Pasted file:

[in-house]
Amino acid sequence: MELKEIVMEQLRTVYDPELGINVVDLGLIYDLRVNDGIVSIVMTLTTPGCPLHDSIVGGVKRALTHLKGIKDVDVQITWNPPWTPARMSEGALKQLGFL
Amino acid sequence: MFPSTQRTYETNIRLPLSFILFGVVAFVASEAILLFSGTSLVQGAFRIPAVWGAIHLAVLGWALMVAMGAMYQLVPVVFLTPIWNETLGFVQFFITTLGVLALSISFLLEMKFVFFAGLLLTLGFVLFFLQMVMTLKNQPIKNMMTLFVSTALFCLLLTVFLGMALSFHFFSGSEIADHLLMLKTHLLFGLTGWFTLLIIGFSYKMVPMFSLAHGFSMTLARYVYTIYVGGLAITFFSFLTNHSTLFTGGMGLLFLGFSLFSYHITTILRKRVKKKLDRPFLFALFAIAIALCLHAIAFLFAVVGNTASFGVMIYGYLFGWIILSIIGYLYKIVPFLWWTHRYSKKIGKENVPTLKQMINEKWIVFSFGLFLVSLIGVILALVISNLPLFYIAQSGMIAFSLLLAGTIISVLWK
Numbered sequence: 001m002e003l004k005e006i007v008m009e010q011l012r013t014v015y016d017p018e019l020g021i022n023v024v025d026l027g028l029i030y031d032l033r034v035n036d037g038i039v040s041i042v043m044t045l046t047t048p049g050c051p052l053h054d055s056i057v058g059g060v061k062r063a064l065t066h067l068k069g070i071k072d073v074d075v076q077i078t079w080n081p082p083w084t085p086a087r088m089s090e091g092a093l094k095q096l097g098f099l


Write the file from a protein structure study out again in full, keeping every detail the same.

[in-house]
Amino acid sequence: MELKEIVMEQLRTVYDPELGINVVDLGLIYDLRVNDGIVSIVMTLTTPGCPLHDSIVGGVKRALTHLKGIKDVDVQITWNPPWTPARMSEGALKQLGFL
Amino acid sequence: MFPSTQRTYETNIRLPLSFILFGVVAFVASEAILLFSGTSLVQGAFRIPAVWGAIHLAVLGWALMVAMGAMYQLVPVVFLTPIWNETLGFVQFFITTLGVLALSISFLLEMKFVFFAGLLLTLGFVLFFLQMVMTLKNQPIKNMMTLFVSTALFCLLLTVFLGMALSFHFFSGSEIADHLLMLKTHLLFGLTGWFTLLIIGFSYKMVPMFSLAHGFSMTLARYVYTIYVGGLAITFFSFLTNHSTLFTGGMGLLFLGFSLFSYHITTILRKRVKKKLDRPFLFALFAIAIALCLHAIAFLFAVVGNTASFGVMIYGYLFGWIILSIIGYLYKIVPFLWWTHRYSKKIGKENVPTLKQMINEKWIVFSFGLFLVSLIGVILALVISNLPLFYIAQSGMIAFSLLLAGTIISVLWK
Numbered sequence: 001m002e003l004k005e006i007v008m009e010q011l012r013t014v015y016d017p018e019l020g021i022n023v024v025d026l027g028l029i030y031d032l033r034v035n036d037g038i039v040s041i042v043m044t045l046t047t048p049g050c051p052l053h054d055s056i057v058g059g060v061k062r063a064l065t066h067l068k069g070i071k072d073v074d075v076q077i078t079w080n081p082p083w084t085p086a087r088m089s090e091g092a093l094k095q096l097g098f099l